Creating an abitrary, curved Well Known Text LineString for display in OpenLayers

I am dynamically generating a WKT LineString between points in a map layer being generated for display in OpenLayers. I'd like to make the lines between the points curved, and I'd like to be able to dynamically change the curvature based on various input variables.

This is for a network monitoring app, and we'd like the curvature to based on delay times between the points (not the raw delay itself, but the deviation from "normal" values during a given time period).

While some GIS app and databases support a `CircularString` extension to WKT, OpenLayers doesn't know anything 'bout that.

So I'll need to generate a curved line out of line segments:

Right now, the line strings are simply:

```LINESTRING(hop1_long hop1_lat, hop2_long hop2_lat)
```

The only way I can determine to make the linesegment "curved" is to insert intermediary points:

```LINESTRING(hop1_long hop1_lat, long1 lat1, long2 lat2, ..., hop2_long hop2_lat)
```

This should be perfectly adequate for our application, but I don't know how to generate the intermediary points!

I assume there are well-known methods/algorithms for generating a "curved" line out of line segments in a 2d plane. Does anyone have any ideas as to how to accomplish this, or books/articles/online resources that could be helpful?

UPDATE (2010-08-13):

Bezier curves were the ticket, and implementing the basic Bezier algorithm was pretty easy after reading up on it. But I had to write some code to generate the control points. Here's the PHP code I came up with. This assumes a "Vector2d" class with `x` and `y` members.

```function get_control_points(\$to, \$from, \$mag_scale, \$angle) {
\$dirX = \$to->x - \$from->x;
\$dirY = \$to->y - \$from->y;

\$mag = sqrt((\$dirX * \$dirX) + (\$dirY * \$dirY));
if (!\$mag) {
return array(\$to, \$from);
}

\$length = \$mag * \$mag_scale;

\$dirX = \$dirX / \$mag;
\$dirY = \$dirY / \$mag;

\$sin = sin(\$angle);
\$cos = cos(\$angle);

\$rotX = \$cos * \$dirX - \$sin * \$dirY;
\$rotY = \$sin * \$dirX + \$cos * \$dirY;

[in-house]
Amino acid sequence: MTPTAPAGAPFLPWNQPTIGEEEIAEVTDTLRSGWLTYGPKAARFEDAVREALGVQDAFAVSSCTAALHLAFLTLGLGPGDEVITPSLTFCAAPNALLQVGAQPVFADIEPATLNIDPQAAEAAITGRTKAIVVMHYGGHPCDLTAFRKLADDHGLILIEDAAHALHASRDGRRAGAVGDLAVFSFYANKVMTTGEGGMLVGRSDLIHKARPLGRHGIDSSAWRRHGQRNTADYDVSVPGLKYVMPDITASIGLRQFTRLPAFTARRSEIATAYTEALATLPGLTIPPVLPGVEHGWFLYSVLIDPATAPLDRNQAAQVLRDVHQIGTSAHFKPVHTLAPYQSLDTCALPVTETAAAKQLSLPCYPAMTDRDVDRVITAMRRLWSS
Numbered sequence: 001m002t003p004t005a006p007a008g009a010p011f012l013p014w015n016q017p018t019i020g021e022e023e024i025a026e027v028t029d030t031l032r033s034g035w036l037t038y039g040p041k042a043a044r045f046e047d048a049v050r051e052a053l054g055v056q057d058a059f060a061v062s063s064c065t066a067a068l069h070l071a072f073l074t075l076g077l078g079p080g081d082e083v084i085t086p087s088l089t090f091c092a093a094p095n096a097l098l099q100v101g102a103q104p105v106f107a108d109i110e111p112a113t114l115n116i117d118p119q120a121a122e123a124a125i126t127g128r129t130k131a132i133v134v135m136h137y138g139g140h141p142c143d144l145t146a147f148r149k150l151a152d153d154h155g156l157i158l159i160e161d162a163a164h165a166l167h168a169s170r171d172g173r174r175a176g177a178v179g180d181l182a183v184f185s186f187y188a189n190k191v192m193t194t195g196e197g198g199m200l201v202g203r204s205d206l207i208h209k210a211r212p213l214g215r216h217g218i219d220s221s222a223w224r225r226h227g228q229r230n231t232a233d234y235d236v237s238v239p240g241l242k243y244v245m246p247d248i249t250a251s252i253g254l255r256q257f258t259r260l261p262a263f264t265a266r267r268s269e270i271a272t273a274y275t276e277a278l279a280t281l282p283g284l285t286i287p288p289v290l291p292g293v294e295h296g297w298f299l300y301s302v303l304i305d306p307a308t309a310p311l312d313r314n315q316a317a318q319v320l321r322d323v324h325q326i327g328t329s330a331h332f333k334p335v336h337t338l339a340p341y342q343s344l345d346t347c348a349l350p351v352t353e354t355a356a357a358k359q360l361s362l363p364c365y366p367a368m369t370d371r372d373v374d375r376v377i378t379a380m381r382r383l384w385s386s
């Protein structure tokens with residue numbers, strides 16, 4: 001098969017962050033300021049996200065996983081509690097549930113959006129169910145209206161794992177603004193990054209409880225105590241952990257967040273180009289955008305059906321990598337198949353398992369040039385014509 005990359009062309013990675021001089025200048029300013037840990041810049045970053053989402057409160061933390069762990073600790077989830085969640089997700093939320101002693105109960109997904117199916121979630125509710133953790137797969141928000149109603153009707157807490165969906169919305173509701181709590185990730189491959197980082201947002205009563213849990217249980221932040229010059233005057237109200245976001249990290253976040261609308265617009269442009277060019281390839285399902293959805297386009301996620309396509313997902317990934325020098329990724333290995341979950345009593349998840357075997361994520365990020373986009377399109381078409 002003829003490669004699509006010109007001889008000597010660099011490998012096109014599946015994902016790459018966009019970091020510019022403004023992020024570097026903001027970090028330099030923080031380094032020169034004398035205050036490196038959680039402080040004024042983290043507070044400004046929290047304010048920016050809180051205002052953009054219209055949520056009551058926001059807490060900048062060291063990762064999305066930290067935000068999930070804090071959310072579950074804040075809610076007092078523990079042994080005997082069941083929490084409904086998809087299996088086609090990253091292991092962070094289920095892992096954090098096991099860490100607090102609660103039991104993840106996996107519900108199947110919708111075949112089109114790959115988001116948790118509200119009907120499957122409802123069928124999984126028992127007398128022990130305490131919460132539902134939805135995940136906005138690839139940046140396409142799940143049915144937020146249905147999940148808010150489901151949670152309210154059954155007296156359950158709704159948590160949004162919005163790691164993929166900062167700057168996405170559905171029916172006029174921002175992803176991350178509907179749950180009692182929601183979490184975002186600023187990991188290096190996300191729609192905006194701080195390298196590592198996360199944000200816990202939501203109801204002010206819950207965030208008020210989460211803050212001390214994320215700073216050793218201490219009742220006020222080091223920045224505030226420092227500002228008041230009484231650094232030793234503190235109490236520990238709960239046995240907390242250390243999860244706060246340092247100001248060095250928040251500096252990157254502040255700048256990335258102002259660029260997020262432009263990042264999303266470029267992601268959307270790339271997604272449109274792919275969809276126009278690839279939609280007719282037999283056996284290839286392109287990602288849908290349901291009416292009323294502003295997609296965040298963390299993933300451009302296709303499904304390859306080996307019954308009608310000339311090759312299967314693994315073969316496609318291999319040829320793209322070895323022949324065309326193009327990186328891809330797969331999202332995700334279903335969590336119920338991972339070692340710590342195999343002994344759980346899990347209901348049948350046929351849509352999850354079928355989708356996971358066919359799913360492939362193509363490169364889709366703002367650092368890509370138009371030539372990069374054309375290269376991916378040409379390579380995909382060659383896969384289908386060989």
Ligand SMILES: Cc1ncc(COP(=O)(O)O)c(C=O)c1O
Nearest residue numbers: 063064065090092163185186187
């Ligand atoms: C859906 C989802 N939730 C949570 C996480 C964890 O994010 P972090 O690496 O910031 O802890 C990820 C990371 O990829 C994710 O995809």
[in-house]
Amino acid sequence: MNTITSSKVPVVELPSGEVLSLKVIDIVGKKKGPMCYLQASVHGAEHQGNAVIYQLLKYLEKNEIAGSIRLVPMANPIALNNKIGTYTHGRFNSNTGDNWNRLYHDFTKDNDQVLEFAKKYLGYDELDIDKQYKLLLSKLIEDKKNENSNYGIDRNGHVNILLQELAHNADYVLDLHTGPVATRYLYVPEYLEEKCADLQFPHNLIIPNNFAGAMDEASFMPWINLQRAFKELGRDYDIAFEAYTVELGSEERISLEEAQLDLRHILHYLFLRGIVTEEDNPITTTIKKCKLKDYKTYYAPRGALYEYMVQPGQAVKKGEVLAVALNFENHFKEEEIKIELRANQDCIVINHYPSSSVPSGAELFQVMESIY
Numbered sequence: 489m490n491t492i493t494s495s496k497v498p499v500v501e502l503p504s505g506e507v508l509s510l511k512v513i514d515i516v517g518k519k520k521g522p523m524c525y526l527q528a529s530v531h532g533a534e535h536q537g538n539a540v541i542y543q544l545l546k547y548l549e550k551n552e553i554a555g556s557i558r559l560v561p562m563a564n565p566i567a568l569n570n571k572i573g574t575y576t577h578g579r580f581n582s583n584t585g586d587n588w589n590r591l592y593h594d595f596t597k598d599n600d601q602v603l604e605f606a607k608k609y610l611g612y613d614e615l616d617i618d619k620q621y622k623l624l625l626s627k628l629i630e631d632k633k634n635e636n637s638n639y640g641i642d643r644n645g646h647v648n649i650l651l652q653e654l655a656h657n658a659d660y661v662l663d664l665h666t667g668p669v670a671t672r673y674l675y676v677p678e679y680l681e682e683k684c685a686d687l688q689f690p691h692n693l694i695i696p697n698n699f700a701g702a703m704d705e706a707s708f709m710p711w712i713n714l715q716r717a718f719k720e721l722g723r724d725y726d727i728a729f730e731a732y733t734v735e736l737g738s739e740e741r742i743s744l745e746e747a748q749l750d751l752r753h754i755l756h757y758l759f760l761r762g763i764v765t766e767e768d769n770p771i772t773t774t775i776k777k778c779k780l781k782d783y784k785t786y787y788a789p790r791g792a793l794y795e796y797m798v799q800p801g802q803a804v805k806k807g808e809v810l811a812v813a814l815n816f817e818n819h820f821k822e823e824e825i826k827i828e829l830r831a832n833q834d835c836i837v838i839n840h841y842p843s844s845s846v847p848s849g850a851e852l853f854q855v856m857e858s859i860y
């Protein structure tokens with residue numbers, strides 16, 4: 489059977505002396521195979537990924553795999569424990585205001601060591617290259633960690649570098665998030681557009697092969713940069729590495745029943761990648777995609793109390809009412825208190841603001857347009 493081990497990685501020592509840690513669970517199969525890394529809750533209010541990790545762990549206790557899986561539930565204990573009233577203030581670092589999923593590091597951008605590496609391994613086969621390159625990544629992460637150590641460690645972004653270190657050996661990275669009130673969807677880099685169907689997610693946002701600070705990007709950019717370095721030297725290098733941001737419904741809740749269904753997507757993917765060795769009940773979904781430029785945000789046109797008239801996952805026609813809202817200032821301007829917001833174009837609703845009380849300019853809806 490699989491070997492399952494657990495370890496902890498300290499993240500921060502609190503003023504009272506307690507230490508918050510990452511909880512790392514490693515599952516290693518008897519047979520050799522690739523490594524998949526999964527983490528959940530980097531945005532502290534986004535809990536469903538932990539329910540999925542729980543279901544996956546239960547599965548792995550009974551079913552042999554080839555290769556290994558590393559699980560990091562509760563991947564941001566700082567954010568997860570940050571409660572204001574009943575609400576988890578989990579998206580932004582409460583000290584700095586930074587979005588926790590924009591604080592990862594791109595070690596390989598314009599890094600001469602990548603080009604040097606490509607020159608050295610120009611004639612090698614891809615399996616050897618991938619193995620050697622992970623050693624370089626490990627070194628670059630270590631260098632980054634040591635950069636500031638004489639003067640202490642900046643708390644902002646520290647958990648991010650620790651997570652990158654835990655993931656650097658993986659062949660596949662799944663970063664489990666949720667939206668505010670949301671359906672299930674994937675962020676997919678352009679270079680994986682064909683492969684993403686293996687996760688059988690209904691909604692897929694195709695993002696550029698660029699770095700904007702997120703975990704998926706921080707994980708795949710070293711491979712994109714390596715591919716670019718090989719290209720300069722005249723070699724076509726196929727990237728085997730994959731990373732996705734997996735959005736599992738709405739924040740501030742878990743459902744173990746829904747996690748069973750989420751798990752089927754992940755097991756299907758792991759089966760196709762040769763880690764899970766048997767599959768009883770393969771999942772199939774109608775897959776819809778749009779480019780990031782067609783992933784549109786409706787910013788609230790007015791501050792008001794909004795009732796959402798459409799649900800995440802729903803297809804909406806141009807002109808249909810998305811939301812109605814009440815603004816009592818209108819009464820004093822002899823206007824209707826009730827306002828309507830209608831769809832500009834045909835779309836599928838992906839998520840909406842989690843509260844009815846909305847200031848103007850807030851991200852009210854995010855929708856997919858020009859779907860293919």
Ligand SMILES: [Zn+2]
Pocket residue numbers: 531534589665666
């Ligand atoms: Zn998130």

\$rotNegX = \$cos * -\$dirX - \$sin * \$dirY;
\$rotNegY = \$sin * \$dirX - \$cos * \$dirY;

// Flip control points for "backwards" curves
if (\$dirX x;
\$y1 = -\$rotNegY * \$length + \$from->y;
\$x2 = -\$rotX * \$length + \$to->x;
\$y2 = -\$rotY * \$length + \$to->y;
}
// Or generate "normal" control points
else {
\$x1 = \$rotX * \$length + \$from->x;
\$y1 = \$rotY * \$length + \$from->y;
\$x2 = \$rotNegX * \$length + \$to->x;
\$y2 = \$rotNegY * \$length + \$to->y;
}

return array(new Vector2d(\$x2, \$y2), new Vector2d(\$x1, \$y1));
}
```
-

If you'd like to generate a series of line segments that make a curve, start by looking at curves that are easily parameterized by a single variable. For example, a circle centered at (cx,cy) with radius r is parameterized by the following expression:

(x,y) = (cx,cy)+r*(cos(t), sin(t)),

where t runs from 0 to 2π.

So you could create a semi-circular shape by, say, evaluating the circle at values tk=π×k/30, where k runs from 0 to 30. This would give you a semi-circular arc made out of 30 line segments.

If you want more general curves, check out Bezier curves. They are parameterized by a value t that can be evaluated at uniform intervals between 0 and 1.

-
Handy! My geometry is truly weak if I forgot parameterized equations. The other question for me is determining (cx, cy) based on the start/end points on the plane. –  David Eads Aug 10 '10 at 14:12